Massacres and Morality: Mass Killing in an Age of Civilian Immunity
The norm of civilian immunity, which holds that civilians must not be intentionally targeted in war or subjected to mass killing, is widely supported and considered a jus cogens principle of international law. Yet not only does mass killing remain a recurrent feature of world politics, but perpetrators sometimes avoid criticism or punishment. This article argues that the paradox can be explained by understanding that civilian immunity confronts a protracted struggle with competing ideologies, some of which have proven resilient, and that decisions about how to interpret the norm in specific cases are subject to intervening contextual variables.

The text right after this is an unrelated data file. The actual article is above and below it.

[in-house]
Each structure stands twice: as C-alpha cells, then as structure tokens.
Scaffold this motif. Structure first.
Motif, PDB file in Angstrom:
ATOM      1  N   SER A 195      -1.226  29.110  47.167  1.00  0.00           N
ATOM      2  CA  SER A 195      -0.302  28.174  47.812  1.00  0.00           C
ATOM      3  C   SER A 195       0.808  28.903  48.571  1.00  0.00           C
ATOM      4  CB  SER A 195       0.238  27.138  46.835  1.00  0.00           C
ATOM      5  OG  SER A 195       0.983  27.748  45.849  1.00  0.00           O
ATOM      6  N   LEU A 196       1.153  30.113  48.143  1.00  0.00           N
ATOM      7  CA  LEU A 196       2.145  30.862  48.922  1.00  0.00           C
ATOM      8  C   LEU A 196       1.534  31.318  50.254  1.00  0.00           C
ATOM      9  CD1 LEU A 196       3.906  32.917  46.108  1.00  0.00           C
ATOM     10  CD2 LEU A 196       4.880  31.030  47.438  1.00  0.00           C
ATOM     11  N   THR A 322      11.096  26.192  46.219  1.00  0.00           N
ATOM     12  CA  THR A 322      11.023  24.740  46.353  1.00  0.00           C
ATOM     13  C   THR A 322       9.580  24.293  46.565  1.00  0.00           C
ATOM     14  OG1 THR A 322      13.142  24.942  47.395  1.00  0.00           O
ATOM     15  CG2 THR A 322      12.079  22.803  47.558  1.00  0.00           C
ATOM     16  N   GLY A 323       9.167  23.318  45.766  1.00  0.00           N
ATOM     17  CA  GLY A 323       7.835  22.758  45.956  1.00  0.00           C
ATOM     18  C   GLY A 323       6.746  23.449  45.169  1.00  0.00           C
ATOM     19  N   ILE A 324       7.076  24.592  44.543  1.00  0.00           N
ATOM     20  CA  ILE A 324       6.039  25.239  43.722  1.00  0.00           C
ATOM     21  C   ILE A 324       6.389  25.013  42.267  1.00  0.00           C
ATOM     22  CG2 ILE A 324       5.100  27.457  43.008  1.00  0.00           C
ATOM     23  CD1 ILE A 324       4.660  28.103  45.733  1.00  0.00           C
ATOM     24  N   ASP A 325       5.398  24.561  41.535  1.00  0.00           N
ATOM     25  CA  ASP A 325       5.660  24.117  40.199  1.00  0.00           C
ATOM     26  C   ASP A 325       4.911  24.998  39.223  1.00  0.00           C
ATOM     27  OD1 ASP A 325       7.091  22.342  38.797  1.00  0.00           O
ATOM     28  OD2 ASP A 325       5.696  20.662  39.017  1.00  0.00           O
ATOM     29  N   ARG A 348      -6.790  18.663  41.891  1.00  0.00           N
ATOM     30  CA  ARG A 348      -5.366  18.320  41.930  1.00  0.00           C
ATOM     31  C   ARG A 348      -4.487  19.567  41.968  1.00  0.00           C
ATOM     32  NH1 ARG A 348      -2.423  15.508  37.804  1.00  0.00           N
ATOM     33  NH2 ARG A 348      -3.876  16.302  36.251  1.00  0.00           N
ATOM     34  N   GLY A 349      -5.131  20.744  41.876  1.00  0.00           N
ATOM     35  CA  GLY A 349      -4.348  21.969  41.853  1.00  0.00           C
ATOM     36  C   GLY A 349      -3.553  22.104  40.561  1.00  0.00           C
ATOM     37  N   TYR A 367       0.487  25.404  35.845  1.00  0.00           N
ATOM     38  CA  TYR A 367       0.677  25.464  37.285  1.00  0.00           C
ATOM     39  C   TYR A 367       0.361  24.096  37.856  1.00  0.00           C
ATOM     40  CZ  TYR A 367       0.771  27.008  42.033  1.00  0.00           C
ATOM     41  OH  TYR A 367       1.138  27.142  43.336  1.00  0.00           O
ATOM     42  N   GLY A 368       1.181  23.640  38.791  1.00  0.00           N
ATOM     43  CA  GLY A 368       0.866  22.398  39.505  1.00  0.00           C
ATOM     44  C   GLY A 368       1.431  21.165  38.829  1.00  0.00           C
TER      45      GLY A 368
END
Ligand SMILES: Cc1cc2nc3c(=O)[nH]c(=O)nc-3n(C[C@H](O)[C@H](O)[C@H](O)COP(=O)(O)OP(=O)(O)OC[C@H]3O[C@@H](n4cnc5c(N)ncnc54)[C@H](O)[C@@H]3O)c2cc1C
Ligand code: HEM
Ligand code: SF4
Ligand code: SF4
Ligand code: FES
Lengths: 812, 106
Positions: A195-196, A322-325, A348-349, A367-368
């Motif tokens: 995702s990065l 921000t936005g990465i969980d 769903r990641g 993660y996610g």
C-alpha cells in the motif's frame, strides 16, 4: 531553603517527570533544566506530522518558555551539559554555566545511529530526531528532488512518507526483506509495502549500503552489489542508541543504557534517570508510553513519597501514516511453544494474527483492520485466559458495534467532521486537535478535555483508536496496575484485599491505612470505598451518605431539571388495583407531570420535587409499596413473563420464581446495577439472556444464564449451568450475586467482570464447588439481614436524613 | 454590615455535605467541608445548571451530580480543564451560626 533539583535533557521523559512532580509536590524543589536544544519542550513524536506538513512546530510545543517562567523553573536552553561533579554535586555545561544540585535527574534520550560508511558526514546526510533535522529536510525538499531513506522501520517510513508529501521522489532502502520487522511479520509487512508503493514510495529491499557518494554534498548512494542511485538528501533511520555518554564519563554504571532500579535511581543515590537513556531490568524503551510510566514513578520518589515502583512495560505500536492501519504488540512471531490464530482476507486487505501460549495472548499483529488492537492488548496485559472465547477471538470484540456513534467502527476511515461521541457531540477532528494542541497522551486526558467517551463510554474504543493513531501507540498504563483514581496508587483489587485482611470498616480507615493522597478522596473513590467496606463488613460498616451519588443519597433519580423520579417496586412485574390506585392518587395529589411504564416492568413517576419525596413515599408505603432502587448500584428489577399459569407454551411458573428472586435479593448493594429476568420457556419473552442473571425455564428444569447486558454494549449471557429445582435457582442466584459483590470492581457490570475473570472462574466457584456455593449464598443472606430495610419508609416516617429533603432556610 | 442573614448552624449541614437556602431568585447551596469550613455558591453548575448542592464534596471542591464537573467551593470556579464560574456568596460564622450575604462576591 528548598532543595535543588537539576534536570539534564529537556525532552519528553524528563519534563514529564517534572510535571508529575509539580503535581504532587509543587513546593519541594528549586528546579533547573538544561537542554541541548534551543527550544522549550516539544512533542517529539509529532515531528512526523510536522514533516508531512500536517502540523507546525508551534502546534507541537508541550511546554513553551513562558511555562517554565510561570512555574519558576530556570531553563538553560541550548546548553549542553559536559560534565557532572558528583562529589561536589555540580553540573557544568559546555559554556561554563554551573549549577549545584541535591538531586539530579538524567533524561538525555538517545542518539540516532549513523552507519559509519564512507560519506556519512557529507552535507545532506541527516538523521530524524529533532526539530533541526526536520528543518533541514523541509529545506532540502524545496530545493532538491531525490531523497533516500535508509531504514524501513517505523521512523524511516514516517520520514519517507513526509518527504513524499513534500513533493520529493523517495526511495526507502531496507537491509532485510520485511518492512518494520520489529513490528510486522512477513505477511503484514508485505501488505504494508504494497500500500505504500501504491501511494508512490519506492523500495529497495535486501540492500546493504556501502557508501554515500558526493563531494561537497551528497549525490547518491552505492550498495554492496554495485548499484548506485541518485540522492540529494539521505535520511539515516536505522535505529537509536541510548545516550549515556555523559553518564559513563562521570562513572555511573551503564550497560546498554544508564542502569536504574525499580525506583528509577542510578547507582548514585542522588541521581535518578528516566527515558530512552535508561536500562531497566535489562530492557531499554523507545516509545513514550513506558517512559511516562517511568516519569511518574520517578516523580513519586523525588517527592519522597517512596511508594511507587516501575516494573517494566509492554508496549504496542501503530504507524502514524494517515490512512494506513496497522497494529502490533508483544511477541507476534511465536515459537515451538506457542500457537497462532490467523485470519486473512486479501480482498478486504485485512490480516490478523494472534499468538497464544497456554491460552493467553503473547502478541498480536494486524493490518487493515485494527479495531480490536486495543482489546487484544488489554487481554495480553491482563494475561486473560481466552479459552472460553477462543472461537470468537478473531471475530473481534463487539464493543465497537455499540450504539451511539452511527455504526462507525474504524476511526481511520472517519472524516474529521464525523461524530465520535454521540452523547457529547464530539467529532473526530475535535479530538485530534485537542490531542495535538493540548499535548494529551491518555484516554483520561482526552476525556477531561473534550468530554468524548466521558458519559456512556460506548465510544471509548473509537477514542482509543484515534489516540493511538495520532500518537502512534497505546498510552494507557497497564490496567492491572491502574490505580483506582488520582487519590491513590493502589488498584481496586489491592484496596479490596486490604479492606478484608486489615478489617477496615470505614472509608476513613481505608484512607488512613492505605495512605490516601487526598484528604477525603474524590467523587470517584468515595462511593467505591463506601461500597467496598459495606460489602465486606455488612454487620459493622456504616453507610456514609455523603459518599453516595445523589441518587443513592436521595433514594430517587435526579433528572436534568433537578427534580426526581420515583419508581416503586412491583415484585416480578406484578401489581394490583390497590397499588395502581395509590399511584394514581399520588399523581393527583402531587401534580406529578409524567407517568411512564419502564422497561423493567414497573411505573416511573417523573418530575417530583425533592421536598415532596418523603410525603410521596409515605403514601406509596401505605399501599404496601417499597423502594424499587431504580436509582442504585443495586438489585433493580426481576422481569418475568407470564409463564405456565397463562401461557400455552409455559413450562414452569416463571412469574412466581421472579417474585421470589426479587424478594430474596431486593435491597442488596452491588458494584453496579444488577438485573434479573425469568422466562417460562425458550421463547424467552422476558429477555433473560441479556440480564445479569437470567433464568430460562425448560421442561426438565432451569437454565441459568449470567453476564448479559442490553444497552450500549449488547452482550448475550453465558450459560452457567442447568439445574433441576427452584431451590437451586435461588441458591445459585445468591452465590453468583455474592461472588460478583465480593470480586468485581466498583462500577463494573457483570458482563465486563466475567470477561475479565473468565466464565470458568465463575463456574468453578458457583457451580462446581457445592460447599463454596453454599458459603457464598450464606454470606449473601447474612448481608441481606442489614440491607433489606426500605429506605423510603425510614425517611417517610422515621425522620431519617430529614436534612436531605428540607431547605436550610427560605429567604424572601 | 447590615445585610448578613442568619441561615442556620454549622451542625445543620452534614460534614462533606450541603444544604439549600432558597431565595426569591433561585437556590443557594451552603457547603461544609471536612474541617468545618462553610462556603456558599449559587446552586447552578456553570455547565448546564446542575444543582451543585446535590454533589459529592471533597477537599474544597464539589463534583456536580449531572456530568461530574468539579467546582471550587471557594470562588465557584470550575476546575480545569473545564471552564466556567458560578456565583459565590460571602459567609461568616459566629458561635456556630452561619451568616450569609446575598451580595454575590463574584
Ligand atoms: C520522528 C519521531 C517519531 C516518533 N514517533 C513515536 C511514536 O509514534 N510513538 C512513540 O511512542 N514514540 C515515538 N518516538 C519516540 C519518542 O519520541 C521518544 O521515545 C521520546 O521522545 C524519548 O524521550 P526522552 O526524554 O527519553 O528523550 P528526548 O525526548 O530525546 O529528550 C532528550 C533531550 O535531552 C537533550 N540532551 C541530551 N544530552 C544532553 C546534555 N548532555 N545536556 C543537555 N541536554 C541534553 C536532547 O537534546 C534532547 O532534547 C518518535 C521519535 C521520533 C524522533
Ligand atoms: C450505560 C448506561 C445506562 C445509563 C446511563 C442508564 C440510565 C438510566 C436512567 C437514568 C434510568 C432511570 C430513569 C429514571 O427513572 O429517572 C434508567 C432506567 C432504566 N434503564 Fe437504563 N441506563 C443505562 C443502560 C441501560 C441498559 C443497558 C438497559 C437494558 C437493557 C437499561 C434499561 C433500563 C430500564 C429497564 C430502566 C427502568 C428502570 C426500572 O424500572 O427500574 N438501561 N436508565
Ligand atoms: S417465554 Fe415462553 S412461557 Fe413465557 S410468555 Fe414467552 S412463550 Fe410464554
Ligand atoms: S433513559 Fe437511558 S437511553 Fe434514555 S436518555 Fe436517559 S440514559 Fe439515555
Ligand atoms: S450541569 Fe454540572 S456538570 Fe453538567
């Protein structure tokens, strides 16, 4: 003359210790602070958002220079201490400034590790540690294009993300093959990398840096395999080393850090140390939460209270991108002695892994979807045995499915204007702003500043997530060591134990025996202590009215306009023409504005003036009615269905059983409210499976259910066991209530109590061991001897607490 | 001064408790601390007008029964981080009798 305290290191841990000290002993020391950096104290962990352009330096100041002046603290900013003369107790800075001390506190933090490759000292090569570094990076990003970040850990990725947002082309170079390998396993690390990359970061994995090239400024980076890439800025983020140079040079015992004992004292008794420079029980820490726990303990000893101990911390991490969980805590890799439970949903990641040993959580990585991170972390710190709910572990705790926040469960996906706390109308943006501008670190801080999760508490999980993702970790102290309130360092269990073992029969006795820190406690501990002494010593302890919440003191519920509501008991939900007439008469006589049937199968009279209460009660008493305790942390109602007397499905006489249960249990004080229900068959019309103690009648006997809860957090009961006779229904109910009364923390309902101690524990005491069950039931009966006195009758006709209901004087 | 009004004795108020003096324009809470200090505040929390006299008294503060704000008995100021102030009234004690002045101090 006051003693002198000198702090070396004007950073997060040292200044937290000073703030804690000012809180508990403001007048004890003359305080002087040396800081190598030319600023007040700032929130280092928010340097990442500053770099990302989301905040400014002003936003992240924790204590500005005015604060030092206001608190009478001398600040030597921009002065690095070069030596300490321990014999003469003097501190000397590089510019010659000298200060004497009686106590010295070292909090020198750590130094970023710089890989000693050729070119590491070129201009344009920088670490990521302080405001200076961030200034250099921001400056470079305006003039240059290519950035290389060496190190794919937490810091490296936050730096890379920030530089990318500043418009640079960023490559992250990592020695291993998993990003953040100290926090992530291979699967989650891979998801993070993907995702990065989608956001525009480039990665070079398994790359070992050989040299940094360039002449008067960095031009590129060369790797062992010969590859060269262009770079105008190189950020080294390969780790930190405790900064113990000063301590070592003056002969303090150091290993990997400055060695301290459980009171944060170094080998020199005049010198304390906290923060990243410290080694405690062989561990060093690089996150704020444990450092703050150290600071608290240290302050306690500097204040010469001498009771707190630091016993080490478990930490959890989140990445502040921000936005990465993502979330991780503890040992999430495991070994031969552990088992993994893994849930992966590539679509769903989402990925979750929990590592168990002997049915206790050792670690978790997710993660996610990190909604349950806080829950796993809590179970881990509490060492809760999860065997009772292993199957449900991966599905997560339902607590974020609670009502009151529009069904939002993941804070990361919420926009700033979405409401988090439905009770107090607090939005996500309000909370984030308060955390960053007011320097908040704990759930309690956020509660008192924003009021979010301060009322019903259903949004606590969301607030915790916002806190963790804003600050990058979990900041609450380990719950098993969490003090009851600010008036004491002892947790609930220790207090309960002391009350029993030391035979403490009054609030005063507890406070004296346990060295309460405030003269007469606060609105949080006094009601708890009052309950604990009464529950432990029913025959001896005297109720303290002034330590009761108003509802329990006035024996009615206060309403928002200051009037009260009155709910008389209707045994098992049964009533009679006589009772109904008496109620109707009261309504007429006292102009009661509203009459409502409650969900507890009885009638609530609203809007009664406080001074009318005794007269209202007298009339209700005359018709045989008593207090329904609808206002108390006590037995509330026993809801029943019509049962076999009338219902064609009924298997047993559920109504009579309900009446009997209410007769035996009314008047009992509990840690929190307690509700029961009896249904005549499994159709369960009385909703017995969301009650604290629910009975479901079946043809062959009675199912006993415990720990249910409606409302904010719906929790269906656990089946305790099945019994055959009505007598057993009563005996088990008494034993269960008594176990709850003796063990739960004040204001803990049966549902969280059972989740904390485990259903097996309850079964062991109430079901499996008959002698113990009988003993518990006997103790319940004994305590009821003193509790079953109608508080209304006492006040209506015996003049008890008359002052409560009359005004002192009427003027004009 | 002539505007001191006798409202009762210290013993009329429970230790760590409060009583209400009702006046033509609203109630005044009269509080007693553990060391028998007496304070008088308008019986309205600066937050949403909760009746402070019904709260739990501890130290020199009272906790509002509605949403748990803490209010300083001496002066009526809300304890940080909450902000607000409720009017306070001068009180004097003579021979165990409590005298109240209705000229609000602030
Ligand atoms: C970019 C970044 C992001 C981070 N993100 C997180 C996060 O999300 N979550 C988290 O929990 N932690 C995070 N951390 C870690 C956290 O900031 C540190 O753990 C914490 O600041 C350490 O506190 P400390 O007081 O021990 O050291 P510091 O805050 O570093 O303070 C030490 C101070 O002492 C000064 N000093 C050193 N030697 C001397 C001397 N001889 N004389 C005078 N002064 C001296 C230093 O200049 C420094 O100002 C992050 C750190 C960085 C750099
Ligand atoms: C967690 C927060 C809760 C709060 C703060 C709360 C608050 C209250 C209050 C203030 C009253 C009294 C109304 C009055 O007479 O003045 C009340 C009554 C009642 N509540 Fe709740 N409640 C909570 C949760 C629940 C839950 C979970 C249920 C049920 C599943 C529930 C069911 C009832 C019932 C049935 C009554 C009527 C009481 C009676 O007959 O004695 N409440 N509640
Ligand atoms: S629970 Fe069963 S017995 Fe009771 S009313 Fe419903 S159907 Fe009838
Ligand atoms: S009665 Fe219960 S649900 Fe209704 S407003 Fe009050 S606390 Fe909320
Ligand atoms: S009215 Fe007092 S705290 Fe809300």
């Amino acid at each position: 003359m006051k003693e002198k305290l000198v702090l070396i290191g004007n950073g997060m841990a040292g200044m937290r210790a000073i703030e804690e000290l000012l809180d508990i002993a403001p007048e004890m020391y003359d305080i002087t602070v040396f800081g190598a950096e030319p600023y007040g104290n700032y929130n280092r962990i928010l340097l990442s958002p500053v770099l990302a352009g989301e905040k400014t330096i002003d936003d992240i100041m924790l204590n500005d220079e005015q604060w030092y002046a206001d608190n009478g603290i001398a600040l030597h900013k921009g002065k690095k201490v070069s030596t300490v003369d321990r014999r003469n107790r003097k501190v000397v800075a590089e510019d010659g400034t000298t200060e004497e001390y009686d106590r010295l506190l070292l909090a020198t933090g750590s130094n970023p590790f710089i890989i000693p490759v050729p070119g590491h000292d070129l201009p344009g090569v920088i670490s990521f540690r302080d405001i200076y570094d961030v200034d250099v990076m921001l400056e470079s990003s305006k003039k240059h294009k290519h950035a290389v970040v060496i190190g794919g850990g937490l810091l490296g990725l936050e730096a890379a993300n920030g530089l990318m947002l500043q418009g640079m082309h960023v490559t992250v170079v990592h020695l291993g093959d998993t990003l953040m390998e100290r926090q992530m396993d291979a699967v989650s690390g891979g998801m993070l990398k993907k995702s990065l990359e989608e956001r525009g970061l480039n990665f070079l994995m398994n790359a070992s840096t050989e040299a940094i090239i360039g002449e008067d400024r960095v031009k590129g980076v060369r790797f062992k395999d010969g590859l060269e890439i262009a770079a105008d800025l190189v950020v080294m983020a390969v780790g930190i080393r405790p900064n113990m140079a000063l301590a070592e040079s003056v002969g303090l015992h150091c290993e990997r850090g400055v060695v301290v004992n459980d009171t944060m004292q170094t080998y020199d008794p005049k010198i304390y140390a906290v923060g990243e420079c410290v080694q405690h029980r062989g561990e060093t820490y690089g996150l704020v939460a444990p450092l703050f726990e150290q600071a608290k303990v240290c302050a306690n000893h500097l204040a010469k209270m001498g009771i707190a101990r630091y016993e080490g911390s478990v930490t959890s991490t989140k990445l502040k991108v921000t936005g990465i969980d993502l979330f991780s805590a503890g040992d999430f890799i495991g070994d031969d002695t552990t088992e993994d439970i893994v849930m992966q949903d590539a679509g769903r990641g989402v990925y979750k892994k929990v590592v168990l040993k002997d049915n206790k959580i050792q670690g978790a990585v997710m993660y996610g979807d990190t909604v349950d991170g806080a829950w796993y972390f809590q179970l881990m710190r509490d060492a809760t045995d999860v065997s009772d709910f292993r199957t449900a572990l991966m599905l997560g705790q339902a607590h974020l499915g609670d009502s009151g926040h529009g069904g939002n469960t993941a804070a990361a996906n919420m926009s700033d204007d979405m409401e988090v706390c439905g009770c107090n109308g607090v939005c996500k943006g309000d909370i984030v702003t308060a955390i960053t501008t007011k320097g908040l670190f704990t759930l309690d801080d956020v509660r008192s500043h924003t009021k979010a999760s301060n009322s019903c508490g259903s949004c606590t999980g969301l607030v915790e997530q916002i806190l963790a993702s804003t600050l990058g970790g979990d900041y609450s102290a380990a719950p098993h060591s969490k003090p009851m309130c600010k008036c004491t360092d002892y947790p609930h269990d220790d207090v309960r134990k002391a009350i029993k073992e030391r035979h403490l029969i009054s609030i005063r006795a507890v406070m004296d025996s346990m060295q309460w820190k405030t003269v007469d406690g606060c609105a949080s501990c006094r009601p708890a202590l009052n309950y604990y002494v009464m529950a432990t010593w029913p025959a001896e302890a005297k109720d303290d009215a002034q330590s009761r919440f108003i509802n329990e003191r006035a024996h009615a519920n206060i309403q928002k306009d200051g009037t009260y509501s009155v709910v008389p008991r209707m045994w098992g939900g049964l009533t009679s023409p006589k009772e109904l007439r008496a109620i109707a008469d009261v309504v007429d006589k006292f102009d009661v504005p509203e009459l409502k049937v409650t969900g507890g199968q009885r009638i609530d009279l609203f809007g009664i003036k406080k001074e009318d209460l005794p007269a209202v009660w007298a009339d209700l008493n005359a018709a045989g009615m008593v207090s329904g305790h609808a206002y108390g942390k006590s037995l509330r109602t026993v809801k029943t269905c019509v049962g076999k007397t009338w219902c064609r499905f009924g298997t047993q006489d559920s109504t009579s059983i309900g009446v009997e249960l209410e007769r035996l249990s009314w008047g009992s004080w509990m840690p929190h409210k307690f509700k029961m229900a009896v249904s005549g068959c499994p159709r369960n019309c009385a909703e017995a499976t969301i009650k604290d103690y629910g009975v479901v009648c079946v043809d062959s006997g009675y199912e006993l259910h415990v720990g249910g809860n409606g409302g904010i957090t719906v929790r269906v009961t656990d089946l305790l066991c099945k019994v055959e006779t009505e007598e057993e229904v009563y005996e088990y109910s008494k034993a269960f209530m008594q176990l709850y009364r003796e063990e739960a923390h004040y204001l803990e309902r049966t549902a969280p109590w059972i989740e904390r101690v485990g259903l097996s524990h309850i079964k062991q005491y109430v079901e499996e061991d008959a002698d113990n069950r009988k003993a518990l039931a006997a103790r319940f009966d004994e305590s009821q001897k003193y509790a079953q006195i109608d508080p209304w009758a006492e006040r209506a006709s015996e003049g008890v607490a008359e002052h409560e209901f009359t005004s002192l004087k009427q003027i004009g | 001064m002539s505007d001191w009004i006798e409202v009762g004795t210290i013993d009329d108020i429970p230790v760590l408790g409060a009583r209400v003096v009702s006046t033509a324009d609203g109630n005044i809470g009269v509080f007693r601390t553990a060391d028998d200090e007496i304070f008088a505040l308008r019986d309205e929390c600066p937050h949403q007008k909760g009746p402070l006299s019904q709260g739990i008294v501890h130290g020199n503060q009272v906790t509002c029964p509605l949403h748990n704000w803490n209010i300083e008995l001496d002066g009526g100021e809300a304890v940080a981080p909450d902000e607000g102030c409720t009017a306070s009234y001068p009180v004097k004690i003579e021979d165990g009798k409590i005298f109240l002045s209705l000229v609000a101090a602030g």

Human Rights Quarterly